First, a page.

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tasty 18 - interviews

- Diskant
- Elf Power
- Farming Incident

- Lovejoy

 

Diskant - Care in the Community

Like some compendium of all that is good in the world, diskant remains one of the UK’s, nay the world’s!, best websites for information, news, views and all round general goodness on this thing we call ‘music’. Host to a myriad of different underground concerns, diskant remains in the cool grip of its founder, Marceline Smith, part overlord, part mother to the rest of the diskant cast. To found out just how sexy diskant is, turn to page www.diskant.net and read aloud to the rest of the class. But for now, here’s Marceline’s version of things.. 

What made you get into fanzines...and eventually start up diskant?
It would be Riot Girl. Being stuck in a tiny Scottish fishing village, the only way I was able to participate in Riot Girl was by writing letters and buying records and zines by mail order. The first fanzines I made myself were on a completely different subject though. I started off doing a fanzine about smartie top collecting of all things, then an infamous Gene fanzine with my sister and then various other zines with different people.

diskant came about when I was offered some free webspace and thought it might be fun to put up some of the interviews from my fanzines since they were mostly out of print. And then I helped Gringo Records and a couple of friends' fanzines and bands get themselves online and it just grew and grew and took on a life of its own.

Do you think there was a golden era for fanzines? Can you name some of your favourites?
Up until a few months ago I probably would have said there was a golden era of fanzines or even just an era of fanzines that pretty much ended but things seem to be picking up again. I've been sent a bunch of really good new UK fanzines lately and it's becoming a lot easier to buy fanzines from all over the world. So I have a favourite era of fanzines which is inevitably the era in which I was buying a lot of fanzines and making a lot of fanzines. The first fanzine I bought was Ablaze! which pretty much set the standard for me. Since then other greats have been SunZoomSpark, Damn You!, No Pictures, Fast Connection and Robots and Electronic Brains. I like fanzines with a lot of personality, a dose of stupidity and, obviously, intelligent, interesting writing.

Can you explain the main ethos behind diskant?
Well, my aims when I started diskant were that it would be a  friendly community spirited place where people could find out information about independent music online and find their way to other independent music websites. We try and do everything we can to help independent bands, fanzines and labels get their stuff online as cheaply and easily as possible. We've also made great efforts to avoid any kind of corporate advertising or sponsorship and to highlight the new and unsigned bands that need the attention.

How do you fit diskant around your 'proper' job?
It's more like the other way round really. At the moment it's easy as I don't have a job and my last couple of jobs have been part time. Basically diskant has made it impossible for me to work a full time job. The last time I worked full time I ended up spending my entire evenings and weekends working on diskant stuff and consequently not being the happiest or healthiest of people. In my last job I spent a fair amount of work time working on diskant stuff, using it as my 'project' for learning aspects of ASP and database integration and ended up with my line manager joining diskant as a consultant! I'm not imagining things will be so easy in future jobs.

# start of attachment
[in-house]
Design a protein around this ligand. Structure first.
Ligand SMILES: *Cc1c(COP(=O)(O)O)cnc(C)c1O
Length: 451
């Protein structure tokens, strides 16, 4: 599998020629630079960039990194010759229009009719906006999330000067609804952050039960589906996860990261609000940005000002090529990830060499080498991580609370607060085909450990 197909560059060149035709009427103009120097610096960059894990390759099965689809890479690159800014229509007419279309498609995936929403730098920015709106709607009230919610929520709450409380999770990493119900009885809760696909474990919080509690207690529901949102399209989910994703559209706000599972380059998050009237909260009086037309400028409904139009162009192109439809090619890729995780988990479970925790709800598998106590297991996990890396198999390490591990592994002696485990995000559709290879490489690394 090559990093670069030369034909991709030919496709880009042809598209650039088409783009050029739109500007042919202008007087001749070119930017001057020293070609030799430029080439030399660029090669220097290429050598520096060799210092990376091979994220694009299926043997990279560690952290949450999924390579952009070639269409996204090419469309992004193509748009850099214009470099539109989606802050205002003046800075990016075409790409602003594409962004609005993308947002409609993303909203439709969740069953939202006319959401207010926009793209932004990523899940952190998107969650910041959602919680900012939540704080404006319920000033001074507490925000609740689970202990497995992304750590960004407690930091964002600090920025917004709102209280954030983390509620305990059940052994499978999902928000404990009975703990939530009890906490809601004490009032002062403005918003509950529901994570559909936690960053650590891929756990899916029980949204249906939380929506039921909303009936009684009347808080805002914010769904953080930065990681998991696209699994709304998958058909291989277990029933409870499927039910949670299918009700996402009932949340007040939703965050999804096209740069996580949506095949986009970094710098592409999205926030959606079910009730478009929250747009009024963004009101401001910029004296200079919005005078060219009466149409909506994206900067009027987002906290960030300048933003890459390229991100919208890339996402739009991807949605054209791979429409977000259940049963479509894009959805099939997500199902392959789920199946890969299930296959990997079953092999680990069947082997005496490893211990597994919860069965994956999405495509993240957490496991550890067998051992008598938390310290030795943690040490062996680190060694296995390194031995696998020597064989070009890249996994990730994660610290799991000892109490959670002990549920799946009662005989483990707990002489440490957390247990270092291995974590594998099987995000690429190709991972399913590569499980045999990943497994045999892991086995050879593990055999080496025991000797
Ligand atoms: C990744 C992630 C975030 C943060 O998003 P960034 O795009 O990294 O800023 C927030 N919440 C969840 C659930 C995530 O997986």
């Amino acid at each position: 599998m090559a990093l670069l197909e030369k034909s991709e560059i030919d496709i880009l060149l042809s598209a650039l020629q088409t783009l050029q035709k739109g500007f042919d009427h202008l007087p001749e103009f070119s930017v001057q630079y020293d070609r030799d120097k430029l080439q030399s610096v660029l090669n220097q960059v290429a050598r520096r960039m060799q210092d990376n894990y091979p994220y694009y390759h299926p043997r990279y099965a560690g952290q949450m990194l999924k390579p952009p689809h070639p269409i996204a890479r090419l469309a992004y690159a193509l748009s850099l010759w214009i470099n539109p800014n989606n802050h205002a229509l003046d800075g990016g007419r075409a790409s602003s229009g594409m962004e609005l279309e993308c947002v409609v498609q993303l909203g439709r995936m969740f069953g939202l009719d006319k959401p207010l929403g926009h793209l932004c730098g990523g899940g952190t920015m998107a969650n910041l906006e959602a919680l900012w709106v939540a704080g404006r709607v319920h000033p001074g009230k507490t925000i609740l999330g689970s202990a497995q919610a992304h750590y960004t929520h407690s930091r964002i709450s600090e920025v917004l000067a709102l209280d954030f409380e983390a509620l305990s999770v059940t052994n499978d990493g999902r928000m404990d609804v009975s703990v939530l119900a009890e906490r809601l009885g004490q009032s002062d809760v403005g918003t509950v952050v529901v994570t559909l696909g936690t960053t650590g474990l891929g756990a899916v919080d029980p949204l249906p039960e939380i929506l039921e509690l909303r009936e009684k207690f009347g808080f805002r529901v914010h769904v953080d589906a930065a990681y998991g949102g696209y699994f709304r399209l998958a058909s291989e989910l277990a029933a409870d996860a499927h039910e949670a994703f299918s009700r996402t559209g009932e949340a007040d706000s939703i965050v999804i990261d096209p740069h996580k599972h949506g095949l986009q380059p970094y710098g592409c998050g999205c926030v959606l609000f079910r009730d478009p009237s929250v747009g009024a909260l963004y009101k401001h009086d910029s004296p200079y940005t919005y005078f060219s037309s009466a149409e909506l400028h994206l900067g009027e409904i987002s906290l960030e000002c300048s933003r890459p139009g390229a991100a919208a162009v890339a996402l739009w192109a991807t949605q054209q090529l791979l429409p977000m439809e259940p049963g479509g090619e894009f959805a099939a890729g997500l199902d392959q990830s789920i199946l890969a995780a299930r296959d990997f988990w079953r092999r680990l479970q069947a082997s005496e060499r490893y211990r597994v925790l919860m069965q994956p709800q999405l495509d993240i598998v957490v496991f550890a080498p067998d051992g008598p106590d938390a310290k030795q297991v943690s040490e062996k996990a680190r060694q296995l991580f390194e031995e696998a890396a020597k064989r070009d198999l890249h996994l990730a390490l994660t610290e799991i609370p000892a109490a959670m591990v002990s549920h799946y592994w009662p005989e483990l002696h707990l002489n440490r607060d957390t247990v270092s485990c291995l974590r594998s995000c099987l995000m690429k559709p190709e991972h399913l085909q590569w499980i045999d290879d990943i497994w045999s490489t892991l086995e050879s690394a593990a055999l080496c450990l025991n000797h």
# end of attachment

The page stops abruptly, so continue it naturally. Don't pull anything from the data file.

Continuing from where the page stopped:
Do you pick and choose who'll become part of the diskant community?
The community aspect has always been the most important part of diskant so we take it very seriously. But we're happy to host websites by any bands, fanzines or labels that have an independent DIY ethic and a community sprit. Our affiliate sites, which are websites we don't host but feel are some of the best sites around, the diskant staff visit each submitted site and vote on how much we like them and how much they've got to offer diskant and vice versa. We're happy to include almost any website in our links database though providing it's of some relevance and doesn't offend our eyes or sanity.

What's the best thing about being involved in diskant?
Without a doubt it's all the lovely people I've met over the years [including both my current housemates...] and all the fantastic bands I probably wouldn't have heard otherwise.

How much do you rely on other people involved in diskant?
I've got ten volunteer staff and I couldn't manage without them really. We wouldn't be able to run a monthly magazine section or the Weblog or get even half the records we get sent reviewed. When any of them go on holiday it's immediately obvious to me when I'm struggling to deal with their work on top of mine. And that they do it all for free is almost enough to bring me to tears.

Would you like to run diskant as a full-time concern one day?
Part of me would like to but I know that's it's impossible. The amount of money it would have to earn to keep running and pay my wages would make it into something that wasn't diskant. Same as if it involved selling  diskant to someone else and then working for them. It would become a business and if I work for a business [which I generally do when employed], I want to be able to complain about the boss and switch off at the end of the day and abuse my photocopier privileges, not be there all weekend worrying about advertising revenue and, god forbid, making people redundant. The only way it would work would be if someone was to give me a million pounds and then I'd happily spend that sitting in my nice purpose-built office running diskant all day and buying laptops for my staff.

What would make you give up diskant?
If it took up even more of my time and finances than it does now. If it stopped being fun.